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Let’s Talk “Knife Free” Chicken Boxes

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Unless you live under a rock you’ve probably heard about the Home Office’s new initiative to launch “#knifefree” chicken boxes. I was a tad confused at first and thought since when did chicken boxes come with knives? But what the poorly phrased campaign intends to do is include a “short message on chicken boxes to deter people from knife crime.”

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“New Age” black parenting v “traditional” black parenting

Not sure how it was in your household growing up, but in mine and many other Caribbean homes, Saturday mornings were dedicated to household chores. Maybe my mother possessed ‘the rod of correction’, and she had those steely eyes that shot daggers, but I knew I had to get up and get cleaning like it was the week before Christmas. Truth be told, I did not inherit my mother’s skills, because I can’t seem to get my teenage son out of bed, much less vacuum the lounge. Let’s not speak about his bedroom (not sure what animal died in there). Is the new-age parenting style failing our future generation? What made my mother’s eye glance so compelling, that it affects me even today as a ‘grown-ass’ woman?

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Are Reparations the Answer to Inequality in the US or the UK? 

The narrative of reparations has been revisited within recent times. In fact, it is part of the Senator Booker’s (US) manifesto, in his bid for the Democratic Presidential Candidate. I caught his interview on @blackcoffee recently. One of the key questions raised was: would reparations raise the economic status of black people? Generally, Booker’s response was vague, to say the least. Theoretically, he explained that reparations are a repayment of debt owed, not a cure for the disease (confused emoji here).

For those who may be ignorant of what reparations are, I will give a brief insight. Reparations represent compensation for being trafficked and enslaved in the Atlantic Slave Trade. It would be restitution paid to the descendants of slaves for slavery and the decades of lawful discrimination that followed it. From a moral perspective, this is a wonderful idea. However, from an economic perspective the logistics are questionably flawed. Not to get too political or to take sides, I would like to delve into the practicality (if any) of this phenomenon. A pertinent question: how would the beneficiaries be selected? A question raised by another Senator (Mitchell McConnell). If you know your history well, there were also free black people during the time of slavery. Should their descendants benefit from reparations?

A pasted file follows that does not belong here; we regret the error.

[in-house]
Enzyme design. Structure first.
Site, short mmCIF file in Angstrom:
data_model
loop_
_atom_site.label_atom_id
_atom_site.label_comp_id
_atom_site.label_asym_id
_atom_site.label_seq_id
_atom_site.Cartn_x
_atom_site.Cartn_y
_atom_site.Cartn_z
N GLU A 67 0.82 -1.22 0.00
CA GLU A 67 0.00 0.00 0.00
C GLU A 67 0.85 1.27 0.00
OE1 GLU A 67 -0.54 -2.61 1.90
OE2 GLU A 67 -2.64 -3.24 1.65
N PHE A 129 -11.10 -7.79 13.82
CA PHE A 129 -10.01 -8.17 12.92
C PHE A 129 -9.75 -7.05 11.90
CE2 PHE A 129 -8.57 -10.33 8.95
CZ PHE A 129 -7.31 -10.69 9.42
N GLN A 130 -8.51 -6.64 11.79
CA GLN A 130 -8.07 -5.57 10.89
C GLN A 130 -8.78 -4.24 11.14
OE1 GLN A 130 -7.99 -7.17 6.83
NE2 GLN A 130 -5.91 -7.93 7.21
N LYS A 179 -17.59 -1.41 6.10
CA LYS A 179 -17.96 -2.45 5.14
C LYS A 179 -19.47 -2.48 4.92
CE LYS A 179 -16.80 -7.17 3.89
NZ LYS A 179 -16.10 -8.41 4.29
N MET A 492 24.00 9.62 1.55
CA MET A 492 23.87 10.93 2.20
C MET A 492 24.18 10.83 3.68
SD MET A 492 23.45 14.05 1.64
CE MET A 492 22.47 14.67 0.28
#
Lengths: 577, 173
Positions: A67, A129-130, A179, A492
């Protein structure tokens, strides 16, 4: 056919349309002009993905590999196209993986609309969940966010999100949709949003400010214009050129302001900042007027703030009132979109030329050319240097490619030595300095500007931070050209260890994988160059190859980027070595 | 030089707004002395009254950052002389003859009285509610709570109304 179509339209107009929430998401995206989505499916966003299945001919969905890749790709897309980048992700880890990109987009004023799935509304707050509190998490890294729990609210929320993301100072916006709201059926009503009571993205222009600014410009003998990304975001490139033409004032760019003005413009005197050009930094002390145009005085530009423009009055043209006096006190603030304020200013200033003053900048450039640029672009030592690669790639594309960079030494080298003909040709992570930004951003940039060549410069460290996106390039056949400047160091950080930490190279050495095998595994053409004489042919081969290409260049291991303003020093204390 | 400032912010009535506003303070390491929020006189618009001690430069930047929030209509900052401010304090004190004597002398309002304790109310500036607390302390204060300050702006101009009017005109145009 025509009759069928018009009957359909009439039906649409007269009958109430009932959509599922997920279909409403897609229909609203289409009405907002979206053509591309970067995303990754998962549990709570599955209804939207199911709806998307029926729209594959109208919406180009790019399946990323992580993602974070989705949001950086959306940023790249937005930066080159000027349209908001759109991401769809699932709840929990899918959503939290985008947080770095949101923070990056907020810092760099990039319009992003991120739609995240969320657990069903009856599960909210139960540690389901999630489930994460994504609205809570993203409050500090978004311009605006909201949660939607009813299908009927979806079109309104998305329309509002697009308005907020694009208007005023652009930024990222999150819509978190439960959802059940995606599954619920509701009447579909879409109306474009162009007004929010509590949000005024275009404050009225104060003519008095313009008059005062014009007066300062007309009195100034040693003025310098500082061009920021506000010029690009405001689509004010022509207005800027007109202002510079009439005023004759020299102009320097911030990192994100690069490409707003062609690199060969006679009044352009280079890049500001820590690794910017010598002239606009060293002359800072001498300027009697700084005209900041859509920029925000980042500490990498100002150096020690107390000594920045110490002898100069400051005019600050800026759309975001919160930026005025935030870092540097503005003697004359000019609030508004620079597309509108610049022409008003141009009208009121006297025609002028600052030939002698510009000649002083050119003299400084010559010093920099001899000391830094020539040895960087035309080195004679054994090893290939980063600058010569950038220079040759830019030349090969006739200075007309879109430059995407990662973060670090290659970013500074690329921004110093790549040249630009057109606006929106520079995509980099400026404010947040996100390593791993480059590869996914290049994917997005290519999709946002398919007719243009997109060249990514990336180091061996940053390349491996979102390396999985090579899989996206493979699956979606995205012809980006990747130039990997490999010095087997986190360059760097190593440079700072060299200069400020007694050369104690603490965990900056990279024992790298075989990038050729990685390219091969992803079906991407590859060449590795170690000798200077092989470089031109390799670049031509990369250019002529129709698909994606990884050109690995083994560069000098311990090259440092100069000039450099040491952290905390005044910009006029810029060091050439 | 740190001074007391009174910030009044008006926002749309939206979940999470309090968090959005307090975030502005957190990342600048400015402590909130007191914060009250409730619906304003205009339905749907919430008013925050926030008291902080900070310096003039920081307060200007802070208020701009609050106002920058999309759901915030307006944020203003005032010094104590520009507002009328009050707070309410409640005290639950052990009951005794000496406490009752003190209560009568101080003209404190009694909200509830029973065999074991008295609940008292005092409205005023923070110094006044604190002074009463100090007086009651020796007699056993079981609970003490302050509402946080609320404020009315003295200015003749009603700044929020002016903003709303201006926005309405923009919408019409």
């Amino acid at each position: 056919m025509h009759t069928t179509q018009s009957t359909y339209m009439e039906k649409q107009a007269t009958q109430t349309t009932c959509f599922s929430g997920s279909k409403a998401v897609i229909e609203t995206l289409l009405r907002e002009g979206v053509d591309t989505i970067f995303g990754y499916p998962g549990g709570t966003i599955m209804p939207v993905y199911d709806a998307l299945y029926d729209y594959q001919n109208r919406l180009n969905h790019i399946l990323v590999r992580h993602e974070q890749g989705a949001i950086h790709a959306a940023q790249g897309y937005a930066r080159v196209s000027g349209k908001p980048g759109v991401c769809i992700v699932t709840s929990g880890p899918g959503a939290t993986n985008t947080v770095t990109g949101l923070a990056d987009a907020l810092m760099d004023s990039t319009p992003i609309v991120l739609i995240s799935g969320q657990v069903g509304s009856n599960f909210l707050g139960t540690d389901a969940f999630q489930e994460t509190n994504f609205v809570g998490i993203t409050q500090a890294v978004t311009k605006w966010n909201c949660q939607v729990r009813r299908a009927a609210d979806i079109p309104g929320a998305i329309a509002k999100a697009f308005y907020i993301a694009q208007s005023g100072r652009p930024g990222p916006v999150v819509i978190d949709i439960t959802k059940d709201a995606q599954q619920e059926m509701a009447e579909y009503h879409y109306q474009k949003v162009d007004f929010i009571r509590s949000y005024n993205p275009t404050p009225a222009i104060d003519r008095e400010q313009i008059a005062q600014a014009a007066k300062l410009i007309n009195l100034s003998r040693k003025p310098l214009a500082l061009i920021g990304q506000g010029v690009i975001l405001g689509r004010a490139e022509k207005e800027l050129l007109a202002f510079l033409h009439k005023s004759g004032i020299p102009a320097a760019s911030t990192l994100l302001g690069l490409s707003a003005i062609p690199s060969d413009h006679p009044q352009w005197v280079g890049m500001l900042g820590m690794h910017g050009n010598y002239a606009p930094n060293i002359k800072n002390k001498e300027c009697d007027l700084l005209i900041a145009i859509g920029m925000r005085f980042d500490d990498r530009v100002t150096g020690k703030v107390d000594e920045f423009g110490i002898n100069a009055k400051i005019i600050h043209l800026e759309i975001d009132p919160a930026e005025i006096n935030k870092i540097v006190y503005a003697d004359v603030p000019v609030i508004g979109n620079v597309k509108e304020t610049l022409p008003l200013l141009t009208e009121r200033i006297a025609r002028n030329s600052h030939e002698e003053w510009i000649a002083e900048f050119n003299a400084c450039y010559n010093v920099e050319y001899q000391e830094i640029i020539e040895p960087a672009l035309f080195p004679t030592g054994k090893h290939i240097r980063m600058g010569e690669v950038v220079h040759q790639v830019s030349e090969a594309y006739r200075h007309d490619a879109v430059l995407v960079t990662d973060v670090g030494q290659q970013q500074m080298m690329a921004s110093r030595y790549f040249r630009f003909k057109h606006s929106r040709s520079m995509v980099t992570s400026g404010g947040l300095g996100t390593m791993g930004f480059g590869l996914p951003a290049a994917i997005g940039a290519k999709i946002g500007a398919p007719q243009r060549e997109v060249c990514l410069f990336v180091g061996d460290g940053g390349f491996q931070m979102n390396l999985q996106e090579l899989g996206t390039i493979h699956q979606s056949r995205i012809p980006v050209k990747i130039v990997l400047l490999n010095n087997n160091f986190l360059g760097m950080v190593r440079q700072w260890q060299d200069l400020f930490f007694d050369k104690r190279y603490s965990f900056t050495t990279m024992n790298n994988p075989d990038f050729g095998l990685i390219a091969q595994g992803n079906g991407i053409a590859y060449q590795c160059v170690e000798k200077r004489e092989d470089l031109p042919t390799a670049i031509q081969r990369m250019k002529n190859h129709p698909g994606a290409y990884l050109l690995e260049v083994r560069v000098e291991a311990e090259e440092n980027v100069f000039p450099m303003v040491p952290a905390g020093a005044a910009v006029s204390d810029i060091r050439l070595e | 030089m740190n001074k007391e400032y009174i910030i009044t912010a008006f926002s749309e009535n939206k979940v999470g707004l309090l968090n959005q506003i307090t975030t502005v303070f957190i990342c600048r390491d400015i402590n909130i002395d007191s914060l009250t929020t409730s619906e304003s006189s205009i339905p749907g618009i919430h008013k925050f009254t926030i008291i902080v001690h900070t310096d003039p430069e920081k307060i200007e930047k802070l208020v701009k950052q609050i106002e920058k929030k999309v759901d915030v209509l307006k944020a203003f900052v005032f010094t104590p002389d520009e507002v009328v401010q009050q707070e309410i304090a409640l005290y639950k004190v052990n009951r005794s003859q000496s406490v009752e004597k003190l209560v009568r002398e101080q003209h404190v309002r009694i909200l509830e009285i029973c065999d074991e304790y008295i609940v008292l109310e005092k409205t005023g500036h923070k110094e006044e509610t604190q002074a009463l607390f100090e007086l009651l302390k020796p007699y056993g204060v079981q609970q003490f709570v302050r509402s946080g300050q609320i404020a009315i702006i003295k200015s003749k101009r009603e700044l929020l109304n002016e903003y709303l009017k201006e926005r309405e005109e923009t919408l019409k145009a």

Another key concern is how do we calculate how much is owed. Transitional justice, I agree is necessary and is due, but what is the monetary value of it. I don’t know where exactly my ancestors originated, nor do I know to whom they were sold or for how much; how many owners (masters) they had; if they escaped and to where. The research for reparations would be extensive and costly. If this Bill is actually passed (which I doubt), what would become of the US economy? The estimated figure for the US alone was half a trillion dollars! With the current African American population around 38 million people, this will equate to $13,157.89 per person! This nominal figure brings me back to my original question, how would this raise the status of black people? Agreeably, this may be more money than one had the day before, but this money really cannot provide you with true wealth or power, nor would it erase the issue of driving while black or the many other prejudices dealt to the black population. Rich black people are also stopped and searched by eager white police officers.

My understanding is that reparations should give black people an equal playing field to the majority, but that shift is deep-seated and much more cultural than it is financial. First and foremost, we are judged by how we look, and these preconceived biases keep us at a disadvantage, more than the money in the bank. Justice is due and it is due now, not in incremental improvements, but across the board – the way we are addressed, where we are housed, the education system, the legal system, even the hiring system. No amount of guilt money paid for the ills of slavery will ever compensate for the continued discrimination, nor would it stop the prejudice, if there isn’t a social movement for change.

Dara D

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As black Brits, do we owe anything to the Motherland?

On 03.05.19, we held our second ever discussion where we spoke about whether, as black Brits we owe anything to the Motherland. After much anticipation, we’ve finally uploaded the full video to our YouTube channel, check it out below:

Like what you see? Register for our next discussion in November here –> https://bit.ly/2FGTYjD

Why not check out our first ever discussion here

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Why I took a break from life

I haven’t written a blog post in a while, I haven’t kept up to date with the news, I haven’t been closely following the political mess we’re in currently (thinking of Boris becoming our PM is too much to bear), I haven’t been reading for fun, I’ve not written in my journal for weeks and lastly I haven’t been attentively following race related scandals. In all honesty, I was at a point where I just wanted to pause and focus solely on my final exams for the LPC.

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